A sexually transmitted disease can be dangerous, especially if you are pregnant. When you have facts about STDs and pregnancy, you can take steps to protect your health and protect your baby.

Do You Have A Sexually Transmitted Disease?

Anyone who is sexually active can contract a sexually transmitted disease. While some women experience symptoms such as a rash, blisters, a discharge, or pain, the absence of symptoms does not mean you do not have an STD. It is possible to have an STD and experience no symptoms from the disease.

If you are pregnant or planning to become pregnant, you should be tested for these diseases. You can ask your doctor to perform tests, or you can buy a kit to use at home. If you do have an STD, your doctor can recommend treatment that is right for your particular situation.

If you do not have an STD, protect yourself from contracting these diseases. One way to avoid an STD is to stay with a partner who has already tested negative. Other options include abstinence or using condoms every time you have sexual relations.

STDs And Pregnancy: The Risks

Every sexually transmitted disease during pregnancy carries risks. Not only can an STD be harmful to you, it can harm your child. This is why early detection and treatment are so essential.

HIV is an incurable disease. It can be passed on to your baby at any point during your pregnancy, during labor, or during the delivery process. It can also be passed on to your child after he is born if you have HIV and breastfeed your infant. The majority of HIV infections spread from mother to child during delivery. Approximately 20% of babies born with this disease die before their fourth birthdays.

Women with Hepatitis B can transmit this virus to their unborn children. Approximately 90% of women with the disease place their babies at risk during pregnancy. It can be a life-threatening condition for babies. Infected babies who survive can become carriers, and also have a greater risk of death from liver complications.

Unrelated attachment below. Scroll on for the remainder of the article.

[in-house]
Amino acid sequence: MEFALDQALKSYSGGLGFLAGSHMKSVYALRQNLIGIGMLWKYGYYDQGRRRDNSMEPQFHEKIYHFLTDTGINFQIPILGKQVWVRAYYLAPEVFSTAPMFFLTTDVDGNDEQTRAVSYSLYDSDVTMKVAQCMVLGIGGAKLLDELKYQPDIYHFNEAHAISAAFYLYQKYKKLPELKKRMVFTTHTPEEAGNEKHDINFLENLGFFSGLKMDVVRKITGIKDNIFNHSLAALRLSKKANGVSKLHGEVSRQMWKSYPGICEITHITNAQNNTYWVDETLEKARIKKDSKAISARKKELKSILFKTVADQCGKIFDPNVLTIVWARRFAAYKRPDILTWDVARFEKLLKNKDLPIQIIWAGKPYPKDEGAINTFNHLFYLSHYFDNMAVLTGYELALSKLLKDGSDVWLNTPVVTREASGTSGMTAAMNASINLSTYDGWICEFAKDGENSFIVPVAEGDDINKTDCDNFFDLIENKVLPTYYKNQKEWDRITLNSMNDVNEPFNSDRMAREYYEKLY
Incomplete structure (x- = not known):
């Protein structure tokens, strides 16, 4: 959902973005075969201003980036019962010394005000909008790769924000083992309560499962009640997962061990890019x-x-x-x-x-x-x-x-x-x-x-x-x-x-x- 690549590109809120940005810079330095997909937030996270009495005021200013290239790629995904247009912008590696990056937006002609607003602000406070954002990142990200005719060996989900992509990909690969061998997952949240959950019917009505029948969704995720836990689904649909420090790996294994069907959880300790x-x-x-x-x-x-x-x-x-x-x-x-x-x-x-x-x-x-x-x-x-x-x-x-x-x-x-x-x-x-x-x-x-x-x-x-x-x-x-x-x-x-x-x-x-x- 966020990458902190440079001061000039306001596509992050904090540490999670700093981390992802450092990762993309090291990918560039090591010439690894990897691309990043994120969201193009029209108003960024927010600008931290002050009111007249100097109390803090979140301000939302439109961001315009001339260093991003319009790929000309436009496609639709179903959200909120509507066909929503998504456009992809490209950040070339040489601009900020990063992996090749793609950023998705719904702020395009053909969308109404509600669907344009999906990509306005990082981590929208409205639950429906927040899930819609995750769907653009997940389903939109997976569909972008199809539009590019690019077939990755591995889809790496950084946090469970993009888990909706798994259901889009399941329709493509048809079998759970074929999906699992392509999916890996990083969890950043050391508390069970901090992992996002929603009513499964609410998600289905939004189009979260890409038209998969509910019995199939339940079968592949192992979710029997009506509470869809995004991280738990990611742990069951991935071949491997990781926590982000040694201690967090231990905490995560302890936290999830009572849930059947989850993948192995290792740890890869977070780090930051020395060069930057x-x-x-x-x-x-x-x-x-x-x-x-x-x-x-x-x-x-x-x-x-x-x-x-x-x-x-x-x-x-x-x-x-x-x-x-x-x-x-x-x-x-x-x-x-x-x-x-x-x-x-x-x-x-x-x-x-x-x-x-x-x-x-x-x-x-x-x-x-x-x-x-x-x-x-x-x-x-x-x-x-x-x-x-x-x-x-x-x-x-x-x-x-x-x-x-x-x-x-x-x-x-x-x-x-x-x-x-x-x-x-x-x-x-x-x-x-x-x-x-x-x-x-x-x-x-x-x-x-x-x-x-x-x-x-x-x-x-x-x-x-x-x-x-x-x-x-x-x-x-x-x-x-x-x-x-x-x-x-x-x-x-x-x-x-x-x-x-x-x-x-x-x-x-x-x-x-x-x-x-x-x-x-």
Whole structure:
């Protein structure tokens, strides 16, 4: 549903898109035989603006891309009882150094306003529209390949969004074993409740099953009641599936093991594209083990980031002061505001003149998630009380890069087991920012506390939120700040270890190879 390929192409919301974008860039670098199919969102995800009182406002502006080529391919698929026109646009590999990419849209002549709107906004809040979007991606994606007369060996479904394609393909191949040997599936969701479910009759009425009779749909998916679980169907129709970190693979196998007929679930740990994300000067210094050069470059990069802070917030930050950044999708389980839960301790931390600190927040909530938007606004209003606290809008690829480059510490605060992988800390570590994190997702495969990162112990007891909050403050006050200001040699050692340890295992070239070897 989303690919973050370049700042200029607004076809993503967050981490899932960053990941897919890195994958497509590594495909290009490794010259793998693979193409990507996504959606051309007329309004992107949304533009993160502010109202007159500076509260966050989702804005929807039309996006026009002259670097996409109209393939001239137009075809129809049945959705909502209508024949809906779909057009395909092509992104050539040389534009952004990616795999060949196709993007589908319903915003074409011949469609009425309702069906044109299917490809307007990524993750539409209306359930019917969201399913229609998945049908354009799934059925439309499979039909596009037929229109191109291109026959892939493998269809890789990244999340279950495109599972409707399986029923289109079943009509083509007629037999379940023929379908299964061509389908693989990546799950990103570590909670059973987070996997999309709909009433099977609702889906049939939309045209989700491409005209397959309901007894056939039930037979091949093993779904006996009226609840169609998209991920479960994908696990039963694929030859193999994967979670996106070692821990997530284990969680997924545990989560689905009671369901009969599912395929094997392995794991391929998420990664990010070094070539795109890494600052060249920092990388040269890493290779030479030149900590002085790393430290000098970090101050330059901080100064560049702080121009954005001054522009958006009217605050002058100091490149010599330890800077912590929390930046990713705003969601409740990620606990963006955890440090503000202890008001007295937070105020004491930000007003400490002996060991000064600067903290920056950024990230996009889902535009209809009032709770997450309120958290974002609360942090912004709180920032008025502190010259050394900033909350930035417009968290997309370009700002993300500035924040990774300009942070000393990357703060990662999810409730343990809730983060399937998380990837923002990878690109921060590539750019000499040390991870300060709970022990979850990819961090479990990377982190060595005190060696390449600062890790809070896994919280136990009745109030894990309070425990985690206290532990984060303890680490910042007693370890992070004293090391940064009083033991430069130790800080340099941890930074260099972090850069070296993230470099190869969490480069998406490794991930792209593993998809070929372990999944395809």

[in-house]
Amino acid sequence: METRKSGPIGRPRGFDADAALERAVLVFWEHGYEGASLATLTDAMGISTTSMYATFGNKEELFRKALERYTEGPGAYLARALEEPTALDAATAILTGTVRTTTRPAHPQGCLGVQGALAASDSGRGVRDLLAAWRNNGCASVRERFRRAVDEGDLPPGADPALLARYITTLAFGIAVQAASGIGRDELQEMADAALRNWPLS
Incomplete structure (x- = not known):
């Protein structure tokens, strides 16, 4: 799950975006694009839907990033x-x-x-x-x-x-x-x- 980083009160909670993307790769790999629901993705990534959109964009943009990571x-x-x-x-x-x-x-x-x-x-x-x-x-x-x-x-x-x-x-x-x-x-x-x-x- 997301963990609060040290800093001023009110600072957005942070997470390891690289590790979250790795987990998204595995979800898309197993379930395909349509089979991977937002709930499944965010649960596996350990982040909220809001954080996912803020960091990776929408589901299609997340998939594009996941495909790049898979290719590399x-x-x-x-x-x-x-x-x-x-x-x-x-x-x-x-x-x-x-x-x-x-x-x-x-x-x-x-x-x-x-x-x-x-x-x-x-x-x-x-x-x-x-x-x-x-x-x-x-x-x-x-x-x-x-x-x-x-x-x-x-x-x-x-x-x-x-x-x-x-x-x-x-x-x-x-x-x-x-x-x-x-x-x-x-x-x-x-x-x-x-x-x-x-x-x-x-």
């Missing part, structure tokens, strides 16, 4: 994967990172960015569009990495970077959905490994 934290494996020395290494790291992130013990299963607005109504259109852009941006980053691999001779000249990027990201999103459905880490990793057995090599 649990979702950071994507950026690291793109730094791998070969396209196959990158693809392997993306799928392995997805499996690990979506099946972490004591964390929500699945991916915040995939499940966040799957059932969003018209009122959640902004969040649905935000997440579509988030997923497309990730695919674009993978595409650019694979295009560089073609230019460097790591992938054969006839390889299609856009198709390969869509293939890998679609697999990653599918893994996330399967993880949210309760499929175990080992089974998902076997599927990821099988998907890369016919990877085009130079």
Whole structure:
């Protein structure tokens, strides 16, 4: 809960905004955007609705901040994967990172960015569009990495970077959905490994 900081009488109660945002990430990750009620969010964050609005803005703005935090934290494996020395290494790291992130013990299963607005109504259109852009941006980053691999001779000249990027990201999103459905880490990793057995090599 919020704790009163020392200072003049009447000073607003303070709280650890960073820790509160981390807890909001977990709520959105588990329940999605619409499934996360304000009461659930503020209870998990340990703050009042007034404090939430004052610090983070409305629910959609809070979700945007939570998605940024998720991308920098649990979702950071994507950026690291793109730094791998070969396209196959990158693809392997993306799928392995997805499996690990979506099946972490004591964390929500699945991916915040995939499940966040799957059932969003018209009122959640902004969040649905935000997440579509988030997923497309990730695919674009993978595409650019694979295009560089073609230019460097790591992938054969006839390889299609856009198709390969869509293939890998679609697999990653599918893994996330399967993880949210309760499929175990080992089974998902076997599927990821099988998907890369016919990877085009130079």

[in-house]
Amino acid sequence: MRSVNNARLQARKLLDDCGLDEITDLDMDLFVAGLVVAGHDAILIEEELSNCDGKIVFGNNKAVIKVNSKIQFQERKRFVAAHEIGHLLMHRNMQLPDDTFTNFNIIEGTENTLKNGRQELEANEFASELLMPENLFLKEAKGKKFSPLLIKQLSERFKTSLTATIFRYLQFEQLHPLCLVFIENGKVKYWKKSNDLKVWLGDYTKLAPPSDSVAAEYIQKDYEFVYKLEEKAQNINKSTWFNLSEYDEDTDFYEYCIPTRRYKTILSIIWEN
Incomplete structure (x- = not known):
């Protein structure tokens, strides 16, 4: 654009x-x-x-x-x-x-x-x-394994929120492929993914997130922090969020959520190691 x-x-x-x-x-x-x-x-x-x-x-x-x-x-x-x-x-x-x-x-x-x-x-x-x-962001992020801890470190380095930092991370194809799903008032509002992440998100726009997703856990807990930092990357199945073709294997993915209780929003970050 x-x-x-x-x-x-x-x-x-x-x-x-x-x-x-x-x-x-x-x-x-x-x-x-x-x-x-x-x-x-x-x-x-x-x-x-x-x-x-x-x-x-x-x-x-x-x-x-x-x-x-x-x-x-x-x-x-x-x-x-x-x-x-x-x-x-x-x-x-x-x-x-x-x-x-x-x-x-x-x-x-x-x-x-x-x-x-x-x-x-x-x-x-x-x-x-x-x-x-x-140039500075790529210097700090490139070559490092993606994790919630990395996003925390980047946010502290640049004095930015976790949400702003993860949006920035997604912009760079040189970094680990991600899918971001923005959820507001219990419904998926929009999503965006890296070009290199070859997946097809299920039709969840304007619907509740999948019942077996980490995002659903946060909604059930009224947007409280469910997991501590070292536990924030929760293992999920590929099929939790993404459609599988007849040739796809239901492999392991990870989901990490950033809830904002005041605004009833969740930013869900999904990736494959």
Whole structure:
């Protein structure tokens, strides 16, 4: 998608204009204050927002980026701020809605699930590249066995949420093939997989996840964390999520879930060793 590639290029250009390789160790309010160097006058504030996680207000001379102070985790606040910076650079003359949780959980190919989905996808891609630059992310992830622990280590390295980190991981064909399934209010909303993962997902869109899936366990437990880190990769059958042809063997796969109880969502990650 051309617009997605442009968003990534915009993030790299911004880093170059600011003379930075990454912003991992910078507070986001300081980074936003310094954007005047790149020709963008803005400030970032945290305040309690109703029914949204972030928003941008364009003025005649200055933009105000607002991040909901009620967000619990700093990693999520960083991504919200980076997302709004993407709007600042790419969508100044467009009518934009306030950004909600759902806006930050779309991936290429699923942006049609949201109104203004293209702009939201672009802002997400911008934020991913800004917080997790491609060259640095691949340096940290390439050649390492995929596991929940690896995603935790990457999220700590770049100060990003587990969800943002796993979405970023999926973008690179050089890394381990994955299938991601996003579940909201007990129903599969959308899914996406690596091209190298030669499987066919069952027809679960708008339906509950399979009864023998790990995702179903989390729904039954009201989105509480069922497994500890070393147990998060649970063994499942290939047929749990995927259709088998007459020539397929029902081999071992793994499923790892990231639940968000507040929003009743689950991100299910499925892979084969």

Chlamydia during pregnancy increases your risk of amniotic infections, premature birth, and premature membrane rupture. You have a greater risk of miscarriage or stillbirth. A baby who contracts chlamydia is at risk of eye, ear, lung, and genital infections.

Hepatitis C during pregnancy increases the risk of gestational diabetes, premature birth, and a low birth weight baby. If a baby contracts this disease during pregnancy or childbirth, it may increase his risk of liver disease.

Syphilis during pregnancy can cause complications for the pregnant woman. There is a greater risk of stillbirth, miscarriage, and infant death after its birth. A baby born with syphilis may initially show no signs of illness but can develop fevers, jaundice, skin sores, skin rashes, and developmental delays. Approximately 40% of babies born with syphilis die and babies who survive can experience lifelong problems.